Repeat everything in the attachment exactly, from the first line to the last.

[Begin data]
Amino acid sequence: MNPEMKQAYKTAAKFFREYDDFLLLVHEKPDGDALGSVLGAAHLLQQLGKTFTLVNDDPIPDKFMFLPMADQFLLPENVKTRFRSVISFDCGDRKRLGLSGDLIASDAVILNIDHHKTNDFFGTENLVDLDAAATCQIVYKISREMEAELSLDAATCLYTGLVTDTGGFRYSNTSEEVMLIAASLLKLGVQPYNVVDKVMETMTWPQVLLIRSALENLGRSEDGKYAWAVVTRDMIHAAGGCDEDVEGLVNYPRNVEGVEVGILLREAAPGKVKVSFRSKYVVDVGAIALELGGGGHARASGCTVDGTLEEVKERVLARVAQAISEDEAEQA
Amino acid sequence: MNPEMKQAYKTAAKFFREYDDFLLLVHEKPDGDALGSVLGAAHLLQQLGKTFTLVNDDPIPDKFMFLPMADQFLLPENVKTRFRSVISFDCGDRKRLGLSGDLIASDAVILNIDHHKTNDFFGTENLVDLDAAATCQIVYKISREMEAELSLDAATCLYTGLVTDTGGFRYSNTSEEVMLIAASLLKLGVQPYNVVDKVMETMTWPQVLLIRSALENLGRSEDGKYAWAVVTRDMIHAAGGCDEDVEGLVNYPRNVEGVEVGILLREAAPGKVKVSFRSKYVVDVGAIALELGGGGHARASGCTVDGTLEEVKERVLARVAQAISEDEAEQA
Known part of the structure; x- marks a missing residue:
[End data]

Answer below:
Amino acid sequence: MNPEMKQAYKTAAKFFREYDDFLLLVHEKPDGDALGSVLGAAHLLQQLGKTFTLVNDDPIPDKFMFLPMADQFLLPENVKTRFRSVISFDCGDRKRLGLSGDLIASDAVILNIDHHKTNDFFGTENLVDLDAAATCQIVYKISREMEAELSLDAATCLYTGLVTDTGGFRYSNTSEEVMLIAASLLKLGVQPYNVVDKVMETMTWPQVLLIRSALENLGRSEDGKYAWAVVTRDMIHAAGGCDEDVEGLVNYPRNVEGVEVGILLREAAPGKVKVSFRSKYVVDVGAIALELGGGGHARASGCTVDGTLEEVKERVLARVAQAISEDEAEQA
Amino acid sequence: MNPEMKQAYKTAAKFFREYDDFLLLVHEKPDGDALGSVLGAAHLLQQLGKTFTLVNDDPIPDKFMFLPMADQFLLPENVKTRFRSVISFDCGDRKRLGLSGDLIASDAVILNIDHHKTNDFFGTENLVDLDAAATCQIVYKISREMEAELSLDAATCLYTGLVTDTGGFRYSNTSEEVMLIAASLLKLGVQPYNVVDKVMETMTWPQVLLIRSALENLGRSEDGKYAWAVVTRDMIHAAGGCDEDVEGLVNYPRNVEGVEVGILLREAAPGKVKVSFRSKYVVDVGAIALELGGGGHARASGCTVDGTLEEVKERVLARVAQAISEDEAEQA
Known part of the structure; x- marks a missing residue: